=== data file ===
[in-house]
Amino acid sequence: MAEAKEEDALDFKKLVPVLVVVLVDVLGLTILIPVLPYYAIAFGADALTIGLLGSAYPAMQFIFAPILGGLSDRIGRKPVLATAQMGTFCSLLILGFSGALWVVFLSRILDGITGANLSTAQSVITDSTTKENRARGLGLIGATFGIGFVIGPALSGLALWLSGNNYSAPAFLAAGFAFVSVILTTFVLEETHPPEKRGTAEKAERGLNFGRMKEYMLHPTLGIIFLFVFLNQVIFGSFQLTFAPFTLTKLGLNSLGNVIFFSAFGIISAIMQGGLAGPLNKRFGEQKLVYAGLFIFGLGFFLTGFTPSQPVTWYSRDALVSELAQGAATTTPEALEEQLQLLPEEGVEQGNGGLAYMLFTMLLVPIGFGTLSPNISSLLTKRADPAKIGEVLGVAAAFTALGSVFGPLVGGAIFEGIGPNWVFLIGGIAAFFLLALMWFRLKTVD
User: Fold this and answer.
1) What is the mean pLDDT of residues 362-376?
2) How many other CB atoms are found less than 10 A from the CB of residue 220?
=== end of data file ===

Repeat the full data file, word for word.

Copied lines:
[in-house]
Amino acid sequence: MAEAKEEDALDFKKLVPVLVVVLVDVLGLTILIPVLPYYAIAFGADALTIGLLGSAYPAMQFIFAPILGGLSDRIGRKPVLATAQMGTFCSLLILGFSGALWVVFLSRILDGITGANLSTAQSVITDSTTKENRARGLGLIGATFGIGFVIGPALSGLALWLSGNNYSAPAFLAAGFAFVSVILTTFVLEETHPPEKRGTAEKAERGLNFGRMKEYMLHPTLGIIFLFVFLNQVIFGSFQLTFAPFTLTKLGLNSLGNVIFFSAFGIISAIMQGGLAGPLNKRFGEQKLVYAGLFIFGLGFFLTGFTPSQPVTWYSRDALVSELAQGAATTTPEALEEQLQLLPEEGVEQGNGGLAYMLFTMLLVPIGFGTLSPNISSLLTKRADPAKIGEVLGVAAAFTALGSVFGPLVGGAIFEGIGPNWVFLIGGIAAFFLLALMWFRLKTVD
User: Fold this and answer.
1) What is the mean pLDDT of residues 362-376?
2) How many other CB atoms are found less than 10 A from the CB of residue 220?